What: Celldex Therapeutics (CLDX 8.11%), a clinical-stage oncology company, fell by more than 10% Monday on heavy volume. This double-digit drop in Celldex's share price appears to be related to the broad sell-off that's taking place across nearly all of biotech today, and that's hitting developmental-stage companies particularly hard.
So what: Biotech investors are apparently bracing themselves for the conservative guidance that's almost certainly coming down the pike from top dogs in the industry like Gilead Sciences (GILD 0.82%). After all, Gilead and many other leading names in the industry are providing corporate and scientific updates at the annual J.P. Morgan Healthcare Conference in San Francisco this week.
In years past, some of the most closely watched names in biotech have used this conference to unleash relatively weak annual outlooks, perhaps to temper expectations for the year. On the bright side, Gilead and its biotech brethren have generally clobbered their initial guidance, although it has tended to cause a temporary pullback in their respective share prices in the interim.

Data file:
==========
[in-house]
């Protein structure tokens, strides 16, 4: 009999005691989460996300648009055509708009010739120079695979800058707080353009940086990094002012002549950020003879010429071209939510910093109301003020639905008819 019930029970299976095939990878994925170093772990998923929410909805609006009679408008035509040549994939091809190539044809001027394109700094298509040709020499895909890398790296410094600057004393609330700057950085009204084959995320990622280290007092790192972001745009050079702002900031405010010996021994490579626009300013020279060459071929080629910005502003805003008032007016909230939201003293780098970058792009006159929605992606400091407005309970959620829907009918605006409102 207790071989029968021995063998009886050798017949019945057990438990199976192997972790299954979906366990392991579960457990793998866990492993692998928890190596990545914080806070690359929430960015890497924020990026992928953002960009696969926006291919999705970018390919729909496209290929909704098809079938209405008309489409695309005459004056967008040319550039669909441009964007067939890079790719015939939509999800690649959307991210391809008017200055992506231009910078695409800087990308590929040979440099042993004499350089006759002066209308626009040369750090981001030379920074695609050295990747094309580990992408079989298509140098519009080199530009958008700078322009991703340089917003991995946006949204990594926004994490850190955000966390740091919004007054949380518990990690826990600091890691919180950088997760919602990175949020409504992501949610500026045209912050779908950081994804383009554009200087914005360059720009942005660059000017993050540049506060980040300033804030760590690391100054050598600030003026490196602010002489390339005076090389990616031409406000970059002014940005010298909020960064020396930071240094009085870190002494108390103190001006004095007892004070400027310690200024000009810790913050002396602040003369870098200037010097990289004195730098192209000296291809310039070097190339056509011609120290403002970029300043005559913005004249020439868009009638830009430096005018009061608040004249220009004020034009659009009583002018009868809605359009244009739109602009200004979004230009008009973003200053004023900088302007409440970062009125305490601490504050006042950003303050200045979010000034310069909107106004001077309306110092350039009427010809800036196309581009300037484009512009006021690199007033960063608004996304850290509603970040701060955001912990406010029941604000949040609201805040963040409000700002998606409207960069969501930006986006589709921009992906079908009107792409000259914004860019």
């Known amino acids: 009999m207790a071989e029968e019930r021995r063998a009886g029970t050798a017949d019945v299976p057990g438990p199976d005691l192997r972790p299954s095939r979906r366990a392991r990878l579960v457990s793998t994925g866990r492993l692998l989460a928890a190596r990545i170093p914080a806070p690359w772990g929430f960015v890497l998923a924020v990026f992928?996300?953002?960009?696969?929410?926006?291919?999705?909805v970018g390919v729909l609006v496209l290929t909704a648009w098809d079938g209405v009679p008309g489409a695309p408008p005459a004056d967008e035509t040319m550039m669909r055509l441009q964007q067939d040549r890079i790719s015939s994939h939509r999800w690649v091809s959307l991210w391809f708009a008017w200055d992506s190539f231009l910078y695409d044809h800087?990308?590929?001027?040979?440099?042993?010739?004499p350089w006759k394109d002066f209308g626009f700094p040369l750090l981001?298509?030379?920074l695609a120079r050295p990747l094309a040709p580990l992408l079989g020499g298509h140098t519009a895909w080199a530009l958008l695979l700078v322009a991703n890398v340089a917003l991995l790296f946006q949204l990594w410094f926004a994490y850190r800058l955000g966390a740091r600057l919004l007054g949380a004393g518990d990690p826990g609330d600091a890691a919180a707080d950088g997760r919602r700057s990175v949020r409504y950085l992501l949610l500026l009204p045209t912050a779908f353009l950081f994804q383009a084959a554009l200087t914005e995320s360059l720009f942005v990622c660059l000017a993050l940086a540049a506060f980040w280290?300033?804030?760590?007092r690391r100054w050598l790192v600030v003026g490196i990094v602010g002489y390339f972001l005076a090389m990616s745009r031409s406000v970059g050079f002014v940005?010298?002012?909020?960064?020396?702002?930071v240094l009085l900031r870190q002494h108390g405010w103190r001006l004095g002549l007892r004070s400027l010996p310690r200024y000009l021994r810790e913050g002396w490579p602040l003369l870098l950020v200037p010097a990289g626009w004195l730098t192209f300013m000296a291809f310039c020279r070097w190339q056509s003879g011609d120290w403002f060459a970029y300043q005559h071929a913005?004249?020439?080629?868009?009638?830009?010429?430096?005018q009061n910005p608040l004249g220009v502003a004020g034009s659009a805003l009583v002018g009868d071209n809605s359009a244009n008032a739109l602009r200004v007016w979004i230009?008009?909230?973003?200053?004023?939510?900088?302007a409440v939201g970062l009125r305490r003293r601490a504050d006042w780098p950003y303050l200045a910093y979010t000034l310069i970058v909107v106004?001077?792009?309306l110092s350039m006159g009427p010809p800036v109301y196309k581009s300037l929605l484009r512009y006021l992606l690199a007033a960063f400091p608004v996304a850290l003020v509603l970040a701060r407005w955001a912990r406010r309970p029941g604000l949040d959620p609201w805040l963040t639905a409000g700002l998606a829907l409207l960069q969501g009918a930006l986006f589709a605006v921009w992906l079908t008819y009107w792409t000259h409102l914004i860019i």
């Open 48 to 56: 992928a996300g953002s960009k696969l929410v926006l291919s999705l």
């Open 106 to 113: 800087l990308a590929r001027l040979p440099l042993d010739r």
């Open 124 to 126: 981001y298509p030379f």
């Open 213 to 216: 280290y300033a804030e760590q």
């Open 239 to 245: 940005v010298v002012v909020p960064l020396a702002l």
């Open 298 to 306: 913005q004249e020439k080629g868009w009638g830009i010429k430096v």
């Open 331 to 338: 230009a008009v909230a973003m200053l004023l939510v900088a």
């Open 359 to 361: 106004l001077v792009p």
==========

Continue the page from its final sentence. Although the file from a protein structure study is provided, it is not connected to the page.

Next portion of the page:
With this big picture in mind, seasoned biotech investors may want to consider taking advantage of this dip in Celldex's share price today. After all, it wasn't long ago that Celldex announced that its experimental brain cancer vaccine, Rintega, improved the overall survival of patients with EGFRvIII-positive recurrent glioblastoma, a particularly encouraging result in light of the aggressive nature of this disease.
And in the next month or so, the company is expected to update investors on a second interim analysis for Rintega's late-stage study as a treatment for newly diagnosed EGFRvIII-positive glioblastoma, giving the stock a major near-term catalyst.
Now what: While nothing is certain in the risky world of clinical-stage biopharma, I'm cautiously optimistic that Celldex has a winner on its hands with Rintega based on the vaccine's performance in the clinic to date. That's why I may add this stock to my personal portfolio once this biotech-specific volatility subsides.